Of all the verses in the first chapter of Proverbs to go for this may appear to be the least likely. Verses 2-4 are rich with verses about the purpose of the proverbs and how they would be valuable to us.
Verses 5 and 6 likewise have plenty to say about the nature of proverbs themselves and what our quest in hearing them is based on. Verse 7 is a beauty for the whole emphasis of understanding the purpose of life.
Verses 8 and 9 the whole parental concern approach to advising children for the way to grow up. Verses 10-14 the whole set-up of the way of evil-doers and modern applications to be wary of for what some people call a good time.
We see in verses 15-19 the tragic consequences of following the way of the scornful with each verse a goldmine for daily thoughts. Then we have in verses 20-22 the wonderful woman of Wisdom and her plea for fools to just stop fooling. Verse 23 is a brilliant verse on the benefits of following wisdom and the generous nature to be found there.
Verses 24-32 is a devastating series of tragedies that befall those who choose to neglect Wisdom all more than apt to pick in highlighting the consequences of such a folly. To be honest as well the verse that particularly stands out is verse 33 with an outstandingly tremendous promise of what Wisdom does for us when we follow her – I mean forget a daily thought that right there is a three week teaching series!
So why verse one? It’s just a starter – it’s not even the main course of the introduction. Stick with me and hopefully you’ll appreciate as I did the goodies in this verse. It all hangs on the man who wrote the proverbs. Did you know that the name Solomon means peaceful? Well that right there is a fountain of goodness for any study on Proverbs. The ultimate benefit of wisdom, the reason why fearing God is the beginning wisdom and those promises found in verse 33 are so valuable is because it’s about living a peaceful life.
Imagine living life at ease because you’re in connection with the Source who can give direction in every aspect of life. Imagine having the skill to negotiate through those tricky and potentially traumatic times in life – finances, parenting, marital relationships or death – and coming out successful. Now you are seeing life at peace.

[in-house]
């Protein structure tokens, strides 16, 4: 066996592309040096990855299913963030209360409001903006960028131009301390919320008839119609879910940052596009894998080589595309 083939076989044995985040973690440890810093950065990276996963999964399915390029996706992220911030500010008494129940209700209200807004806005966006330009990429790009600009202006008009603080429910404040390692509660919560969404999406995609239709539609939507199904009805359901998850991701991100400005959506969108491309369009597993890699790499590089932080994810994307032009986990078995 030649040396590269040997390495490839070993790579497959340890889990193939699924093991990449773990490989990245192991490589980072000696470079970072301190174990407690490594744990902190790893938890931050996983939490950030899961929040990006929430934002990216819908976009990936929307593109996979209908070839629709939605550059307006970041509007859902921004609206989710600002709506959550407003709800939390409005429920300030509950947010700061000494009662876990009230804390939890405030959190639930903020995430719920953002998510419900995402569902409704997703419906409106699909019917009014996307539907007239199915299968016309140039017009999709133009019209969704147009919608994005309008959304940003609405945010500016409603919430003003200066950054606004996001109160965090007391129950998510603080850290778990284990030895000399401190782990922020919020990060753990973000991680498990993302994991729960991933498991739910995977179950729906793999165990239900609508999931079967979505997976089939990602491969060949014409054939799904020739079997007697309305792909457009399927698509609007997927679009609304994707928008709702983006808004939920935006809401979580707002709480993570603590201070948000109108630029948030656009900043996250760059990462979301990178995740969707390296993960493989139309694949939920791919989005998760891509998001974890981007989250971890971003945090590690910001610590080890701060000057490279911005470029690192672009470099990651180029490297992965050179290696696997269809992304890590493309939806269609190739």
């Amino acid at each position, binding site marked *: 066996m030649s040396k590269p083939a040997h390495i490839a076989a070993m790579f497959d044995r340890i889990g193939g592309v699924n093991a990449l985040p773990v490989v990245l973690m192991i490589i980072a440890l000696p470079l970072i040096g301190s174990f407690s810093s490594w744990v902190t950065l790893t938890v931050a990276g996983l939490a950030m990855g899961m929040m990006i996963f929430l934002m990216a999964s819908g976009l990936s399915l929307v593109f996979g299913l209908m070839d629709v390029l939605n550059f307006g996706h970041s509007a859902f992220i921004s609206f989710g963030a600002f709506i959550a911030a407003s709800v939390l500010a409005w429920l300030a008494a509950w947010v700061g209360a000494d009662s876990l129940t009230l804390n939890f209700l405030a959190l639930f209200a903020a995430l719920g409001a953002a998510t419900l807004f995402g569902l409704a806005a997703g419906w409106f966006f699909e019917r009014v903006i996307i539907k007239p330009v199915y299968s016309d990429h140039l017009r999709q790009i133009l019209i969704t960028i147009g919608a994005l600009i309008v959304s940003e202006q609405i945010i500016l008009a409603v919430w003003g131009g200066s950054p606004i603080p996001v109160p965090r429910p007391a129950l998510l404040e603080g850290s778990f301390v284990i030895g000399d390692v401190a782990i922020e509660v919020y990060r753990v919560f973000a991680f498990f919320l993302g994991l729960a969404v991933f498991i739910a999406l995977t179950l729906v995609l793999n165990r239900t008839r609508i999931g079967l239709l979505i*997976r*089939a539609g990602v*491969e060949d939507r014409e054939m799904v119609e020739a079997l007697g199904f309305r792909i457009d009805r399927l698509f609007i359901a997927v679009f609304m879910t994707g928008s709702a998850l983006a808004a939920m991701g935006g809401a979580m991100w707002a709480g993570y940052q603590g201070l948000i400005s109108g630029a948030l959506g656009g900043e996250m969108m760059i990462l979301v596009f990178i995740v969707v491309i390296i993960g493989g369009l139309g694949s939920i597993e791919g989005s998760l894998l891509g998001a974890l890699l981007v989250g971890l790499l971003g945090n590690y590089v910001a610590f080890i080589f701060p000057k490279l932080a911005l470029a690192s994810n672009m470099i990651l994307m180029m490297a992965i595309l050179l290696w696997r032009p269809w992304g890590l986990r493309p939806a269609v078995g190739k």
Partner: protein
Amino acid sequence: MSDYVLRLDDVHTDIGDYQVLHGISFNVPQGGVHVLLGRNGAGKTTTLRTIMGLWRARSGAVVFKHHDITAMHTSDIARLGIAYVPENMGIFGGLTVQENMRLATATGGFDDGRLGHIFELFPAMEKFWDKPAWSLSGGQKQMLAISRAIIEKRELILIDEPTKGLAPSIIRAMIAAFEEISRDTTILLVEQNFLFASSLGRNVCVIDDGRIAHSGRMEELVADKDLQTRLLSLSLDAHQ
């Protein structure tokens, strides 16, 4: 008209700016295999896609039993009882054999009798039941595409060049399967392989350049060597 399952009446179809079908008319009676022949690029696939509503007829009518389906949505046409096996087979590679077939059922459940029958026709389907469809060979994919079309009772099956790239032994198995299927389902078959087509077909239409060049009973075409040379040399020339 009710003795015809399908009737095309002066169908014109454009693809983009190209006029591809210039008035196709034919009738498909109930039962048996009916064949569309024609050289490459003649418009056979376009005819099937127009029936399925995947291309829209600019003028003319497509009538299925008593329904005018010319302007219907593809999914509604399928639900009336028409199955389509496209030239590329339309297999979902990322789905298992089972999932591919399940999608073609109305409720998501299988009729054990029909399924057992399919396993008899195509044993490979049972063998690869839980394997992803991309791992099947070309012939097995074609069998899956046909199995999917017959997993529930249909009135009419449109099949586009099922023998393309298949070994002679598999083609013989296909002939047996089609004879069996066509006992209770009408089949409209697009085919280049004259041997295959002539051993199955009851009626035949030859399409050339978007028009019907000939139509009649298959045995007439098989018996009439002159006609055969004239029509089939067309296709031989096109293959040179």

Peacefulness is not primarily external; it’s an internal reality – wholeness – only made possible by God Himself. So Solomon is the best person to write about wisdom because even in his naming and his destiny he was to be one who brought peace through wisdom. That’s even clearer when we remember one of his first direct recorded contacts with God where the Almighty allows him to choose anything he wants and the new king of Israel asks for … wisdom. (Check 1 Kings 3:5-14 especially verse 9, 11 and 12) Now that’s God’s kind of person and this is what qualifies him to write one of the most popular books in the Bible. The result of this request and indeed this book is arguably the golden era of united Israel – peace in the region, political treaties made, partnerships developed, prosperity prevailing and people enjoying it all.
Solomon’s end was tragic and a reminder that we cannot take Wisdom for granted once we have her. We must cherish her more than life itself for without her there’s no life and by following what she has to offer there is fullness of life – and she has plenty to give and is generous with it (James 1:5). The point of this verse though and this daily thought, is to highlight the writer of the proverbs and how we too should then aspire to be peaceful ones because our lives are based on the Wisdom of God. Thankfully we’re given the Perfect Personification of Wisdom whom we are called to pursue wholeheartedly, Jesus Christ (1 Cor. 1:24).
For His Name’s Sake
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